Jason Dyck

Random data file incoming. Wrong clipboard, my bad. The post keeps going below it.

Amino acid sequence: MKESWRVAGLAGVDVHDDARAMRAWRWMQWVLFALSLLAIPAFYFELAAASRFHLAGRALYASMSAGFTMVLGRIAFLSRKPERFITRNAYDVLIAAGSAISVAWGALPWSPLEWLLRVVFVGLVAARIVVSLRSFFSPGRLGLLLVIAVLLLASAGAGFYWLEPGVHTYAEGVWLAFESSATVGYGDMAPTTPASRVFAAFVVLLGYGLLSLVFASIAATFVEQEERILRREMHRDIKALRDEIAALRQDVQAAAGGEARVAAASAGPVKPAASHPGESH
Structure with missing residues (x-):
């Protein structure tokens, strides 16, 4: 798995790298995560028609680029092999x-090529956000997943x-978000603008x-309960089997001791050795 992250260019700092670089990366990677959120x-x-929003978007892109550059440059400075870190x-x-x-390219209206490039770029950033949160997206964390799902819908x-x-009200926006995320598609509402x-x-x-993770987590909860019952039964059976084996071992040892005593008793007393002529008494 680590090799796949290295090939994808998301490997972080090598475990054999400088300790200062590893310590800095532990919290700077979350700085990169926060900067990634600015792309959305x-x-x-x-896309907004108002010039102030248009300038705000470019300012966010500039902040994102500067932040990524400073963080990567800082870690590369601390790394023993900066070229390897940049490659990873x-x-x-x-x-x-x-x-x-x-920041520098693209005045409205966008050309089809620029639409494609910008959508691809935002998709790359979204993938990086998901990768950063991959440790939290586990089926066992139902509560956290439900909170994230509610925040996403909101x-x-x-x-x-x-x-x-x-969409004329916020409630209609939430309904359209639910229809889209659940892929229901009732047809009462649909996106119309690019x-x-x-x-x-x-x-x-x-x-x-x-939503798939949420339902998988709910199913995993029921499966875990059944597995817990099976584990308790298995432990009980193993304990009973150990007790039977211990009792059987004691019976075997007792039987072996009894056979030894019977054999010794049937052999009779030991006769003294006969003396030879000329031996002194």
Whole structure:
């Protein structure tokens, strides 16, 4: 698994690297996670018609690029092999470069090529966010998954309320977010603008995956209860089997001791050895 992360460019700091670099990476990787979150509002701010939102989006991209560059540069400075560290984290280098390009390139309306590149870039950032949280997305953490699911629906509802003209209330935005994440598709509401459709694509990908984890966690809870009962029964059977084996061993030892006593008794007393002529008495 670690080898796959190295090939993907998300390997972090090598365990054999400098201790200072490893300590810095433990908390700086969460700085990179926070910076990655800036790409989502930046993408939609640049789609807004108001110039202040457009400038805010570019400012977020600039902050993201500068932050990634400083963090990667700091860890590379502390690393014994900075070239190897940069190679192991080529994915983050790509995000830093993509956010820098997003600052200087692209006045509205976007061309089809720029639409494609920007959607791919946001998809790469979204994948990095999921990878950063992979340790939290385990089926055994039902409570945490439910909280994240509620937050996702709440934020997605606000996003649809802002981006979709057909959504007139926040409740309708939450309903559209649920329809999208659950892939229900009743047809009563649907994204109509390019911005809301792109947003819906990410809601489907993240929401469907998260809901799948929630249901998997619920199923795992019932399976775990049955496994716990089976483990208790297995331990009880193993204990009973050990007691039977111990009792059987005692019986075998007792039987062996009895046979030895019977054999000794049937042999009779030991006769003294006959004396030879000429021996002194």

"Are our oldest heroes only to be found in the colonial history of the "Thirteen Original States?""1 Jose Manuel Espinosa posed this question in 1935 in a brief article on the Jesuit Francisco de Florencia (1620-1695), one of the most prolific sacred historians of Spanish America. As a student of Herbert E. Bolton-a pioneering historian of the borderlands-Espinosa argued that Florida should be considered part of the colonial history of the United States even if it was mostly under Spanish rule until 1821.2 Since Florencia was born in Saint Augustine, Espinosa debunked what he called the "Brooke legend," the belief that Robert Brooke (1663-1714) of Maryland was the first American-born Catholic priest. By including the borderlands in his vision of colonial U.S. history, Espinosa gave Florencia the boast of precedence and transformed him into an early "hero" of America. A few years later, in 1939, Francisco Zambrano categorized Florencia as "Mexican" in his historical guide to the Society of Jesus in New Spain.3 Indeed, several scholars have represented Florencia as a true Mexican patriot given his account of the Virgin of Guadalupe, a Marian image that became a symbol of Mexican nationalism ever since Miguel Hidalgo y Costilla (1753-1811) raised her banner in the wars for independence in the early nineteenth century.4